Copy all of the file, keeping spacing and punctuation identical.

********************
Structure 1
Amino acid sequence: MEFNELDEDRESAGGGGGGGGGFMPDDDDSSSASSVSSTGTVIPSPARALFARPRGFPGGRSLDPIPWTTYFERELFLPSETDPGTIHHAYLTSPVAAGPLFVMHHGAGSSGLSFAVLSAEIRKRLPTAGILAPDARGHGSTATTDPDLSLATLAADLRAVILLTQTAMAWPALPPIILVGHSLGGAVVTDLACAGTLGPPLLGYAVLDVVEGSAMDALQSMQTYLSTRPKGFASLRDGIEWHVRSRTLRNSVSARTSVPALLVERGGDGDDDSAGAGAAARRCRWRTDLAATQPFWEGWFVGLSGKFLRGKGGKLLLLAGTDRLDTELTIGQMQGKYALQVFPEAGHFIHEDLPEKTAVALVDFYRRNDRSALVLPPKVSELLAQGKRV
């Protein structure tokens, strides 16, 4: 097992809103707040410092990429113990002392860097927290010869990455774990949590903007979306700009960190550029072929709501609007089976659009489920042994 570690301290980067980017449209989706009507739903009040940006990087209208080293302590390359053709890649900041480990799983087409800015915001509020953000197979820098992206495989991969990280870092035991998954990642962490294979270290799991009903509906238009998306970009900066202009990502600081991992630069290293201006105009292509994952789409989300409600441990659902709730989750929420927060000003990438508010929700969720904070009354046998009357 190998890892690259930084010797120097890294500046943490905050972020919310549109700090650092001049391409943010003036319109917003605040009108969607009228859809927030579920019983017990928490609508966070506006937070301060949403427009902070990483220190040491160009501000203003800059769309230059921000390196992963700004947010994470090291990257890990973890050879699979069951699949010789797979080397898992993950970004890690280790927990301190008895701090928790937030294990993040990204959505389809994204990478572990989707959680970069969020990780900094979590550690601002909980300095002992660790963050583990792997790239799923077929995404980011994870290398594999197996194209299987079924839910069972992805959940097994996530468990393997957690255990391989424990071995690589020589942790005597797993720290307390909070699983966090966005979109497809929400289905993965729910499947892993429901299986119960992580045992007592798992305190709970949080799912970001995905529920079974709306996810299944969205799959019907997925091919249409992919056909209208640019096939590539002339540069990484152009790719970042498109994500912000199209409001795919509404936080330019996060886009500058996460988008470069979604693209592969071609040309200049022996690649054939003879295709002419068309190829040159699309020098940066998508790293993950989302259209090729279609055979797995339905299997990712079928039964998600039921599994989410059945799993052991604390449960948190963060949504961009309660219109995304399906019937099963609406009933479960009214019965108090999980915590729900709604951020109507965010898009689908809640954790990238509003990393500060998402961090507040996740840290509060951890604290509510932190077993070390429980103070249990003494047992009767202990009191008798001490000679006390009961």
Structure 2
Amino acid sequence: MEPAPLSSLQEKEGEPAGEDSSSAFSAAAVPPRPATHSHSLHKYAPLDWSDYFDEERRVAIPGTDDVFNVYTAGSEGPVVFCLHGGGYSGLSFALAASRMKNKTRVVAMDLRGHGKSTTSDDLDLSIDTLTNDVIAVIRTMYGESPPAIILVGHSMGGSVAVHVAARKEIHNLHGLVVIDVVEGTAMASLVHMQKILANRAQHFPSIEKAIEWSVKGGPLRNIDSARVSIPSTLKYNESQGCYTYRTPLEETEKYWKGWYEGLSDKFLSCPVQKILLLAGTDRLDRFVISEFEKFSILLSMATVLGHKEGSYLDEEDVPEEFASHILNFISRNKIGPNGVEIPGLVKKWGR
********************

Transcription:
Structure 1
Amino acid sequence: MEFNELDEDRESAGGGGGGGGGFMPDDDDSSSASSVSSTGTVIPSPARALFARPRGFPGGRSLDPIPWTTYFERELFLPSETDPGTIHHAYLTSPVAAGPLFVMHHGAGSSGLSFAVLSAEIRKRLPTAGILAPDARGHGSTATTDPDLSLATLAADLRAVILLTQTAMAWPALPPIILVGHSLGGAVVTDLACAGTLGPPLLGYAVLDVVEGSAMDALQSMQTYLSTRPKGFASLRDGIEWHVRSRTLRNSVSARTSVPALLVERGGDGDDDSAGAGAAARRCRWRTDLAATQPFWEGWFVGLSGKFLRGKGGKLLLLAGTDRLDTELTIGQMQGKYALQVFPEAGHFIHEDLPEKTAVALVDFYRRNDRSALVLPPKVSELLAQGKRV
């Protein structure tokens, strides 16, 4: 097992809103707040410092990429113990002392860097927290010869990455774990949590903007979306700009960190550029072929709501609007089976659009489920042994 570690301290980067980017449209989706009507739903009040940006990087209208080293302590390359053709890649900041480990799983087409800015915001509020953000197979820098992206495989991969990280870092035991998954990642962490294979270290799991009903509906238009998306970009900066202009990502600081991992630069290293201006105009292509994952789409989300409600441990659902709730989750929420927060000003990438508010929700969720904070009354046998009357 190998890892690259930084010797120097890294500046943490905050972020919310549109700090650092001049391409943010003036319109917003605040009108969607009228859809927030579920019983017990928490609508966070506006937070301060949403427009902070990483220190040491160009501000203003800059769309230059921000390196992963700004947010994470090291990257890990973890050879699979069951699949010789797979080397898992993950970004890690280790927990301190008895701090928790937030294990993040990204959505389809994204990478572990989707959680970069969020990780900094979590550690601002909980300095002992660790963050583990792997790239799923077929995404980011994870290398594999197996194209299987079924839910069972992805959940097994996530468990393997957690255990391989424990071995690589020589942790005597797993720290307390909070699983966090966005979109497809929400289905993965729910499947892993429901299986119960992580045992007592798992305190709970949080799912970001995905529920079974709306996810299944969205799959019907997925091919249409992919056909209208640019096939590539002339540069990484152009790719970042498109994500912000199209409001795919509404936080330019996060886009500058996460988008470069979604693209592969071609040309200049022996690649054939003879295709002419068309190829040159699309020098940066998508790293993950989302259209090729279609055979797995339905299997990712079928039964998600039921599994989410059945799993052991604390449960948190963060949504961009309660219109995304399906019937099963609406009933479960009214019965108090999980915590729900709604951020109507965010898009689908809640954790990238509003990393500060998402961090507040996740840290509060951890604290509510932190077993070390429980103070249990003494047992009767202990009191008798001490000679006390009961």
Structure 2
Amino acid sequence: MEPAPLSSLQEKEGEPAGEDSSSAFSAAAVPPRPATHSHSLHKYAPLDWSDYFDEERRVAIPGTDDVFNVYTAGSEGPVVFCLHGGGYSGLSFALAASRMKNKTRVVAMDLRGHGKSTTSDDLDLSIDTLTNDVIAVIRTMYGESPPAIILVGHSMGGSVAVHVAARKEIHNLHGLVVIDVVEGTAMASLVHMQKILANRAQHFPSIEKAIEWSVKGGPLRNIDSARVSIPSTLKYNESQGCYTYRTPLEETEKYWKGWYEGLSDKFLSCPVQKILLLAGTDRLDRFVISEFEKFSILLSMATVLGHKEGSYLDEEDVPEEFASHILNFISRNKIGPNGVEIPGLVKKWGR